Just as individuals have personalities, so does an organization, that personality is called a culture.

Organizational culture is the beliefs, values and behavioural norms shared by organizational members that influence the way they do their work. These shared values, beliefs and norms that make up an organization’s culture determine, to a large extent, what organizational members think is important and the way they do their work. When confronted with a problem, culture influences what organizational members do about it because of ‘the way things are done around here.’

Corporate culture can include everything from dress code to teamwork to accessibility to top management. There is no generally applicable form of corporate culture, since what works for one organization may not work for another. Management should take into consideration what the company does and the kind of people it seeks to employ when deciding the leadership approach and corporate culture as a whole. Obviously, the company culture of an advertising agency would most likely be very different from that of an investment firm because of the nature of work.

Some companies opt for more rigid, formal corporate culture. The aim is to provide a structured formal professional working environment.

A law firm for example, because of the nature of their work, may feel the need to have a very formal organizational culture because that is the image that suits the serious image of law. They meet with clients who are reassured by the dignified appearance of the people to whom they entrust their cases. The above example highlights why some organizations may feel a rigid organizational culture is necessary

The rigid company culture seems to be declining in popularity as more and more organizations are adopting a more flexible culture.

According to forbes.com, building a flexible workplace is a strategic business decision that is good for the business and good for the employee. Forbes.com also states that companies are finding that flextime boosts productivity, and more and more of them, including Kraft Foods , Texas Instruments and First Tennessee Bank, are taking advantage of it. When employees manage their own schedules, their stress levels decline and they focus better on their tasks. According to a recent study by Georgetown University, employee stress from trying to find time for their children correlates with decreased productivity and increased absenteeism. The study found that unplanned absences were costing some businesses nearly $1 million a year.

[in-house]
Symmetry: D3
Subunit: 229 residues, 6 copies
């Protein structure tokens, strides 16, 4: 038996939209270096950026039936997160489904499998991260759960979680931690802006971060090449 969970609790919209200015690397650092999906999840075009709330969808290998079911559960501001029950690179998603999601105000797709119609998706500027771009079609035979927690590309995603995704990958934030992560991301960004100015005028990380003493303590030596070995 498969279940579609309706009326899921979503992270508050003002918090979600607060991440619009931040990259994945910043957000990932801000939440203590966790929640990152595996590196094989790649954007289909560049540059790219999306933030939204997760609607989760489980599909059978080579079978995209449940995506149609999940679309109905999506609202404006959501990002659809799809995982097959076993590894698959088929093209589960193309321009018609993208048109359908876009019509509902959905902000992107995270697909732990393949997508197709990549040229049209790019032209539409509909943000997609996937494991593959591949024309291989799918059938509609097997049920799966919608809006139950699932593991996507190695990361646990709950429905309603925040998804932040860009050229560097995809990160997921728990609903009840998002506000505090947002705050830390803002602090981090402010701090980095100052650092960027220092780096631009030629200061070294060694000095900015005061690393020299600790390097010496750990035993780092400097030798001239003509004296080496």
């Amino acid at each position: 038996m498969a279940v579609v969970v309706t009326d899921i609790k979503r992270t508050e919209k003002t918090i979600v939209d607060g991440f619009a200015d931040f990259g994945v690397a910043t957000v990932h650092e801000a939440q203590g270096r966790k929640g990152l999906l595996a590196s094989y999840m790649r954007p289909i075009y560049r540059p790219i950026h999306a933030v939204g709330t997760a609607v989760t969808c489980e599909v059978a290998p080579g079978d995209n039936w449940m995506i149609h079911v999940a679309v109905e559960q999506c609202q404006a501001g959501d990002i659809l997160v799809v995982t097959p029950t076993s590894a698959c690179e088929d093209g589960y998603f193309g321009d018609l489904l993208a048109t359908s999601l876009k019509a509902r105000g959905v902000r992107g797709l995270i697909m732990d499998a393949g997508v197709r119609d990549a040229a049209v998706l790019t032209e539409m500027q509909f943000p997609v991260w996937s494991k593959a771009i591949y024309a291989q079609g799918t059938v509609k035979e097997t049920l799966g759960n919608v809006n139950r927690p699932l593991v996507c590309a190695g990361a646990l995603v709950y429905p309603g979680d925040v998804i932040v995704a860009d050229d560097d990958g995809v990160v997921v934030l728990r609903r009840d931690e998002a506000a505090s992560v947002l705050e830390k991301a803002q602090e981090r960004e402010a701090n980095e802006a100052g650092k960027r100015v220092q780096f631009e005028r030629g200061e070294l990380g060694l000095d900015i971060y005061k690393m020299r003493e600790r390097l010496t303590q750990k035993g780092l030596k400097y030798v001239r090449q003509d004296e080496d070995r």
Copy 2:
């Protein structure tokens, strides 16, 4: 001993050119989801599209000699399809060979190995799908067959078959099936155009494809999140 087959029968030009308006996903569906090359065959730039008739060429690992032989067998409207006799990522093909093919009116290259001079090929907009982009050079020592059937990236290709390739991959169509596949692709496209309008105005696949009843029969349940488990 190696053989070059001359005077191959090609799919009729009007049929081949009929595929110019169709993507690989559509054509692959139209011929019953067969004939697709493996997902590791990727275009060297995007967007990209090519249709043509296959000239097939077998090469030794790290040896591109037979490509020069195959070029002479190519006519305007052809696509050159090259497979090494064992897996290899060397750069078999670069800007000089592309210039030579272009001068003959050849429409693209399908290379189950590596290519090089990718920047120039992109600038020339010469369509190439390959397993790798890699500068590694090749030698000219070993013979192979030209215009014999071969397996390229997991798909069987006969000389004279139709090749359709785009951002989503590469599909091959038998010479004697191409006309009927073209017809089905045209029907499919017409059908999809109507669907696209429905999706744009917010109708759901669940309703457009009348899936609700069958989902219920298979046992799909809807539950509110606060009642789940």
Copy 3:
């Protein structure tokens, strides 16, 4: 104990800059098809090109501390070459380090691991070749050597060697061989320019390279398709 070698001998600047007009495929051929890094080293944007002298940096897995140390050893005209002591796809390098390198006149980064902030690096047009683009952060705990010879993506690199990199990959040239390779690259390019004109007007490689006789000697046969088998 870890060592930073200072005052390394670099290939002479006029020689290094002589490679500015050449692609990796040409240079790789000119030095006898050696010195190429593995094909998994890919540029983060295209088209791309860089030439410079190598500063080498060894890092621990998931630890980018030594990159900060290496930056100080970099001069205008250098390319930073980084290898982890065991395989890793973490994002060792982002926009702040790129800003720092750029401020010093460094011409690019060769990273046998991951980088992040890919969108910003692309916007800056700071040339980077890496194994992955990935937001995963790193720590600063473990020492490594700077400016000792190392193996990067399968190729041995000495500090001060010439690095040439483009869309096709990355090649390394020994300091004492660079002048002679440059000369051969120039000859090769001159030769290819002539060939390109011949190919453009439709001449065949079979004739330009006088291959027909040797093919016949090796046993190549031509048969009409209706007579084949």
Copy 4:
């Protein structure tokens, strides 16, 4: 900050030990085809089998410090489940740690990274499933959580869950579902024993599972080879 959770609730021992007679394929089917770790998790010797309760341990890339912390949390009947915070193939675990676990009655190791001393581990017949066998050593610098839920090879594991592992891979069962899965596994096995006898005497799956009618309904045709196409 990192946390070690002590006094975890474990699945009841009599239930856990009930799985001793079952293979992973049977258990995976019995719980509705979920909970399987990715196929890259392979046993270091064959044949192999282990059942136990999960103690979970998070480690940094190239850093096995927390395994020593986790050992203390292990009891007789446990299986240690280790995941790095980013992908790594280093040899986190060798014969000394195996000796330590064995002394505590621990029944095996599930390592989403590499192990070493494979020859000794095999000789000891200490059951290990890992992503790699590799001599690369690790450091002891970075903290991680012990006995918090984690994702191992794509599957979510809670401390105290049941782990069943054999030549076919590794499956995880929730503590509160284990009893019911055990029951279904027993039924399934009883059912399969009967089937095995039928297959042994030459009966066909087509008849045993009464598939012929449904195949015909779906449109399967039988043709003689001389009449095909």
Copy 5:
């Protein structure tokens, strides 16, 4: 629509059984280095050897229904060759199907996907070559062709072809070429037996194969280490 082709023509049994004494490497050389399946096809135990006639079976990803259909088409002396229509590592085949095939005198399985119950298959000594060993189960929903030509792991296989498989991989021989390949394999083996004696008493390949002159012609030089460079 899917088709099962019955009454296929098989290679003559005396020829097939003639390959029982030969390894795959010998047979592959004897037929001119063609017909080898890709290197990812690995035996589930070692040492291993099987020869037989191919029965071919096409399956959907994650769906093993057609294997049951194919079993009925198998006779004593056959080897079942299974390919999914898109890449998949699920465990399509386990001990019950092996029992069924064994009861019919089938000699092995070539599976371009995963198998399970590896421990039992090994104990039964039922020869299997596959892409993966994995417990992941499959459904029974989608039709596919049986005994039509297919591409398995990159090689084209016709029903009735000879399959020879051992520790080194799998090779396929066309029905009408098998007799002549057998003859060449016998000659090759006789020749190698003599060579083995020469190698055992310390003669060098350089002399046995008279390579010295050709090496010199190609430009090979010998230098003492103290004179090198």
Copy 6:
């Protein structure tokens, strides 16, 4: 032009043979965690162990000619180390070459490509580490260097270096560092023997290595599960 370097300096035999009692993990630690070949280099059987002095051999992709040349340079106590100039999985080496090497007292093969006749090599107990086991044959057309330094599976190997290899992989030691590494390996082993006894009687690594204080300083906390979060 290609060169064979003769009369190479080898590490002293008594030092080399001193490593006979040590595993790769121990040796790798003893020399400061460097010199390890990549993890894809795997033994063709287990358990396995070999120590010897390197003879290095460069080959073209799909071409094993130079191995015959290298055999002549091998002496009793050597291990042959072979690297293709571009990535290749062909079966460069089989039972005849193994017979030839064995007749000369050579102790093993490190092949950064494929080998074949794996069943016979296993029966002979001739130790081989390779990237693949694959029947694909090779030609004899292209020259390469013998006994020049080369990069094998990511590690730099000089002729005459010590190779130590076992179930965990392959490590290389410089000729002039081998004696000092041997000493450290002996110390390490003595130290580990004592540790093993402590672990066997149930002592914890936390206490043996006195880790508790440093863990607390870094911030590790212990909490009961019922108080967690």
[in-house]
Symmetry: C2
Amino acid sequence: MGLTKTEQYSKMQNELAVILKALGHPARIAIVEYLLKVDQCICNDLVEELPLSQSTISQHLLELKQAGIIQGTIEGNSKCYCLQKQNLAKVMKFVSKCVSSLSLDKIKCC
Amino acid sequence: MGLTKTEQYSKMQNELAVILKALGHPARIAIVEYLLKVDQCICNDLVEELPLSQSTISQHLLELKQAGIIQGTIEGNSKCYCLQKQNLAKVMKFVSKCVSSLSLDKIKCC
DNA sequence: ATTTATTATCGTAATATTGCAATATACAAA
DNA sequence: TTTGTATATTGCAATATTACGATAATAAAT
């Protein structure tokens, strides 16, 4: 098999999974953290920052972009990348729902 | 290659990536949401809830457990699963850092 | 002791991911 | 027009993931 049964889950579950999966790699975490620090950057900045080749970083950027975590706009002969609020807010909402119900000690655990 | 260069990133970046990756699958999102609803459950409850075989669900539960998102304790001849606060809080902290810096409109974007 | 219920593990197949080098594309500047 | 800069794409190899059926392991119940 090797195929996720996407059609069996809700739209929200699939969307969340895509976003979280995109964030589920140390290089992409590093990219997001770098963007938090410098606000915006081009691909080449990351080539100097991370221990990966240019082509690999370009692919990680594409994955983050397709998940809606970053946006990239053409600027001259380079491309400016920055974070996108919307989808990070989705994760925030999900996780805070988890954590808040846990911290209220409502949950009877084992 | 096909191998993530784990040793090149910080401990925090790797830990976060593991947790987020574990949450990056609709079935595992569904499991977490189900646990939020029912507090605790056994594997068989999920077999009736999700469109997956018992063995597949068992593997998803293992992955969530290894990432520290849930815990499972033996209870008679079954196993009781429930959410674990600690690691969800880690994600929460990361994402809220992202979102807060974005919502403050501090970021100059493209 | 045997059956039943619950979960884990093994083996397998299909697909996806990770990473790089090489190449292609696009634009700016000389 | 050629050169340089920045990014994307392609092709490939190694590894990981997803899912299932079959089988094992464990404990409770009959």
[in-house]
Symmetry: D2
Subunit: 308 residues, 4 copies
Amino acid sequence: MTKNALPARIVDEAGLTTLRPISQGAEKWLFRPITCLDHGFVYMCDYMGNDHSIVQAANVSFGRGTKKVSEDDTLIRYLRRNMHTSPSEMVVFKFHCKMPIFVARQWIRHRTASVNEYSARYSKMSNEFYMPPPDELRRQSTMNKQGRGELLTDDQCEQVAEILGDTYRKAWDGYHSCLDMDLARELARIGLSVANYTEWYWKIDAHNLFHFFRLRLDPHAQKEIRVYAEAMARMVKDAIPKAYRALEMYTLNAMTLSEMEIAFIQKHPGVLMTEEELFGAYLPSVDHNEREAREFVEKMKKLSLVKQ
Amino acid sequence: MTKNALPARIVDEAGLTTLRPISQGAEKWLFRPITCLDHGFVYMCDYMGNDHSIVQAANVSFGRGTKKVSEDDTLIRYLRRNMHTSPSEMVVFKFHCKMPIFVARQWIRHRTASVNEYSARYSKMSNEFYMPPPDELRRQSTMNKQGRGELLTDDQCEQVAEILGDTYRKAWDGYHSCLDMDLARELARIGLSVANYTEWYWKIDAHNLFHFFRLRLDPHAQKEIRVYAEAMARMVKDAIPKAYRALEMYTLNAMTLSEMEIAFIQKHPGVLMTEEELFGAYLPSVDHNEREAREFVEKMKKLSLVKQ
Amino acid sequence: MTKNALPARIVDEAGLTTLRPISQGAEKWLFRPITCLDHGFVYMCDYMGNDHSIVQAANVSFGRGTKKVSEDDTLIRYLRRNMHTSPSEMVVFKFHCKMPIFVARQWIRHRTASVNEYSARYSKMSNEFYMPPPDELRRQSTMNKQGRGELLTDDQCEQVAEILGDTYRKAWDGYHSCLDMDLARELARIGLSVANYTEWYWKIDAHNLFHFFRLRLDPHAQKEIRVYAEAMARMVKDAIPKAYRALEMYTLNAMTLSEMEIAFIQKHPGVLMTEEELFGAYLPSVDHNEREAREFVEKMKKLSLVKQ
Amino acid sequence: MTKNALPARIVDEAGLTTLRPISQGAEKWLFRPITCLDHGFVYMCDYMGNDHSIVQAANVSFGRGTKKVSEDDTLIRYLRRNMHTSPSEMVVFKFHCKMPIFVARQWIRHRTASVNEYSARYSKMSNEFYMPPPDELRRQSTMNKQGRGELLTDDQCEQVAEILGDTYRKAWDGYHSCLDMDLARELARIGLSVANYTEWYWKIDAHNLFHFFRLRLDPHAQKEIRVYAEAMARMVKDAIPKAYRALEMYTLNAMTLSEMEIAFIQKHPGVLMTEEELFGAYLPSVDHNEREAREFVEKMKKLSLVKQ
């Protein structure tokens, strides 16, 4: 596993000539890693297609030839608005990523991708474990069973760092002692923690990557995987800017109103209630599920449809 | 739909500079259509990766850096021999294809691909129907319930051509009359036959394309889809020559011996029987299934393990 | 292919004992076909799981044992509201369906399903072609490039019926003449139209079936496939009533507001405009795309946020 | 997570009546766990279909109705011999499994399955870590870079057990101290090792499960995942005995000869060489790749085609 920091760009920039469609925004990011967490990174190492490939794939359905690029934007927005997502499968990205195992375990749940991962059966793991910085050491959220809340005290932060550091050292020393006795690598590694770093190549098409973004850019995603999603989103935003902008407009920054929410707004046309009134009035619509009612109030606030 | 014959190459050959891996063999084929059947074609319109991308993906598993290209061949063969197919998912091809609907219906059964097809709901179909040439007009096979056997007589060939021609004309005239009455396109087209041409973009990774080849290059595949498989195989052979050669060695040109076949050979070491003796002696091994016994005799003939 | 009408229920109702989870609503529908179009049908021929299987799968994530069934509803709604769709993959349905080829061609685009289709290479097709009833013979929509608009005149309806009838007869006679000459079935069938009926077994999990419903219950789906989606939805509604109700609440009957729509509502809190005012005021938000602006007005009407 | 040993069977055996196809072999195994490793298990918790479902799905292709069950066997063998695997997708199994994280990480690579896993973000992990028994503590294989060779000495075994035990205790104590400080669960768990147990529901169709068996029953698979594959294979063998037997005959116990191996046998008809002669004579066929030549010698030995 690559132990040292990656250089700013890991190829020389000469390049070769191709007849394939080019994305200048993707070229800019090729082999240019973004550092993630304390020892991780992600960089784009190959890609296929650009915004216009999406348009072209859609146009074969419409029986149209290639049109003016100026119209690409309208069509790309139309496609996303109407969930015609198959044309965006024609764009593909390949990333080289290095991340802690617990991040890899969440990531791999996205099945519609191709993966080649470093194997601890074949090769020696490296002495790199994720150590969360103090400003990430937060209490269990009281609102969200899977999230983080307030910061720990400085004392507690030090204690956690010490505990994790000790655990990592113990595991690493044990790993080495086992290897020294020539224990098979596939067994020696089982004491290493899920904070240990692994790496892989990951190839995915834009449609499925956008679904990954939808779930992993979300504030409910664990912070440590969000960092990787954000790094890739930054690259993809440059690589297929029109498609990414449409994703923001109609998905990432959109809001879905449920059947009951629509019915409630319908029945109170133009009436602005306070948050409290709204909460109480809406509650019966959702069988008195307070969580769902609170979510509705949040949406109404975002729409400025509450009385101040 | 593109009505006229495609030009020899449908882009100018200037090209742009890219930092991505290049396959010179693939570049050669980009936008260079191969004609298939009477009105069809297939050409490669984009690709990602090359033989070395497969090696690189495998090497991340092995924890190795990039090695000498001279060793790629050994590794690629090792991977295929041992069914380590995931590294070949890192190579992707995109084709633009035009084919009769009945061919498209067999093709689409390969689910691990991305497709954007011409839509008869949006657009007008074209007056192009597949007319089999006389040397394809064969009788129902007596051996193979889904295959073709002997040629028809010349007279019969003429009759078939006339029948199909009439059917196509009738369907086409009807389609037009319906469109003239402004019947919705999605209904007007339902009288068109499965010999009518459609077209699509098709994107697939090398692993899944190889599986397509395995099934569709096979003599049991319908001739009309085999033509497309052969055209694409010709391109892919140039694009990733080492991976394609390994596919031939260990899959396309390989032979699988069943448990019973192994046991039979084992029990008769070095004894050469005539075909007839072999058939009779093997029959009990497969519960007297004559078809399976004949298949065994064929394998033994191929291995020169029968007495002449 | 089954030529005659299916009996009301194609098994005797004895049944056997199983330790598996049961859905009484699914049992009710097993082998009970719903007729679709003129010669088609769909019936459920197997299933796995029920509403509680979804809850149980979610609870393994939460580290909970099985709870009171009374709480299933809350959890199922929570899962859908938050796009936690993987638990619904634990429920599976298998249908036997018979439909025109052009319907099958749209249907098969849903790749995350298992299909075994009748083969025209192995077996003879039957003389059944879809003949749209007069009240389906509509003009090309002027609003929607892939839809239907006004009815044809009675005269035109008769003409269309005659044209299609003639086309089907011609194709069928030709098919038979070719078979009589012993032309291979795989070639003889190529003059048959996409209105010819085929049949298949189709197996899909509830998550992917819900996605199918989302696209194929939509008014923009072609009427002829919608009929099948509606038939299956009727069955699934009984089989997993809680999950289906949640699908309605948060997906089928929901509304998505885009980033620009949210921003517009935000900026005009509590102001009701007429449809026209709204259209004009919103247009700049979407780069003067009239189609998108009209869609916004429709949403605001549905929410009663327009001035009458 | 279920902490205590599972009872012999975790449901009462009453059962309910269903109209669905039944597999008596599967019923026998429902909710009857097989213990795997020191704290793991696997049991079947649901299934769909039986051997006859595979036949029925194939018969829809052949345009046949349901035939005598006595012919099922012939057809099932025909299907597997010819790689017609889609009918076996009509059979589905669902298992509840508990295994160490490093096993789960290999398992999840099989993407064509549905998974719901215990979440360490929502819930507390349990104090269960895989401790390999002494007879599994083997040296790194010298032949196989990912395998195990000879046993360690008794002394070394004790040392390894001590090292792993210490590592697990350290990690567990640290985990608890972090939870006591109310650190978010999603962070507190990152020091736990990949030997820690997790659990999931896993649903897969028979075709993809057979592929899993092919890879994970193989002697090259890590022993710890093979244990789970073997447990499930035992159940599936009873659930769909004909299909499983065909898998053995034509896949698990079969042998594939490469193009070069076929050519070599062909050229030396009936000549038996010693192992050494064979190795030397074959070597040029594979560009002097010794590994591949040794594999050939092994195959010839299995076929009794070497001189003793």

Of course, there are quite a few concerns associated with this more flexible approach to work. What if the work doesn’t get done? The employee would be more motivated to work when he or she is surrounded by his/her colleagues. In the case of an emergency meeting or some emergency action, how would they get in touch with the employee? And finally, how would it make the company look professionally if we give employees the option of coming to work whenever they please? Many feel that there must be structures in place to ensure that there are checks on the employees.

A study at Durham University in the U.K. reported that flexible working initiatives that “equip the worker with more choice or control, such as self-scheduling or gradual or phased retirement, are likely to have positive effects on health and well being.” In particular, the study showed improvements in mental health, sleep quality, sleep duration, and alertness during the night when employees had more control over their schedules.

What does this mean? How does this relate to the Ghanaian work culture? And what changes should be made if any?

In helping define and implement company culture, Forbes.com suggests the following steps

1. Determine what you want to be, and make it clear to everyone. 

2. Set up practices that encourage the desired atmosphere.

3. Tend to your culture. 

Once again, there is no generally applicable company culture, one must look at the needs of the company, and also the personalities of the employees; know how much space to give them and the right checks that must be put in place to ensure that they do the right thing. It’s true that there’s no place at home but with the right environment, any office can become a home away from home for its workers. 


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